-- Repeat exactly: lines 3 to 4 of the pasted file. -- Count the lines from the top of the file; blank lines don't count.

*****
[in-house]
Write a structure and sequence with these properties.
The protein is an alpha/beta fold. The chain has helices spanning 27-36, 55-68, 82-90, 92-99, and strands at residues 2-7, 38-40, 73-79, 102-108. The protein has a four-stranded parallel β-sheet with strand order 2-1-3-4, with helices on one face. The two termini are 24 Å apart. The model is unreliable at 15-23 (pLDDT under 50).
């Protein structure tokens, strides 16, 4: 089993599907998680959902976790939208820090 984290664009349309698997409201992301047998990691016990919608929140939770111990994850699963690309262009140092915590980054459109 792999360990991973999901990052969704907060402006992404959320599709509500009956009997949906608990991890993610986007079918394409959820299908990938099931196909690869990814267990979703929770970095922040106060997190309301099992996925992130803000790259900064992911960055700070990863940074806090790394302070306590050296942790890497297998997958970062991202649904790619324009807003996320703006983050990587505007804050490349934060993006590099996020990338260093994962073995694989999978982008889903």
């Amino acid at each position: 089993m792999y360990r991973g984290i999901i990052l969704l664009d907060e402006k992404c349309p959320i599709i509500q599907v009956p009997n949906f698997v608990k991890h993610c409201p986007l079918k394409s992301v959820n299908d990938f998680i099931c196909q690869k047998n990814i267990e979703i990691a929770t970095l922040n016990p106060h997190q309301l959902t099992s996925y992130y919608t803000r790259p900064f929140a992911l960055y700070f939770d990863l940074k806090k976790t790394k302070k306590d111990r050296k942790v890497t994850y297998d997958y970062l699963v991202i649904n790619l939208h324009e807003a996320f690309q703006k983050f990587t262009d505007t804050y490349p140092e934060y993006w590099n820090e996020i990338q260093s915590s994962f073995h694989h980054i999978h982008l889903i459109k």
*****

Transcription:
The protein is an alpha/beta fold. The chain has helices spanning 27-36, 55-68, 82-90, 92-99, and strands at residues 2-7, 38-40, 73-79, 102-108. The protein has a four-stranded parallel β-sheet with strand order 2-1-3-4, with helices on one face. The two termini are 24 Å apart. The model is unreliable at 15-23 (pLDDT under 50).
């Protein structure tokens, strides 16, 4: 089993599907998680959902976790939208820090 984290664009349309698997409201992301047998990691016990919608929140939770111990994850699963690309262009140092915590980054459109 792999360990991973999901990052969704907060402006992404959320599709509500009956009997949906608990991890993610986007079918394409959820299908990938099931196909690869990814267990979703929770970095922040106060997190309301099992996925992130803000790259900064992911960055700070990863940074806090790394302070306590050296942790890497297998997958970062991202649904790619324009807003996320703006983050990587505007804050490349934060993006590099996020990338260093994962073995694989999978982008889903």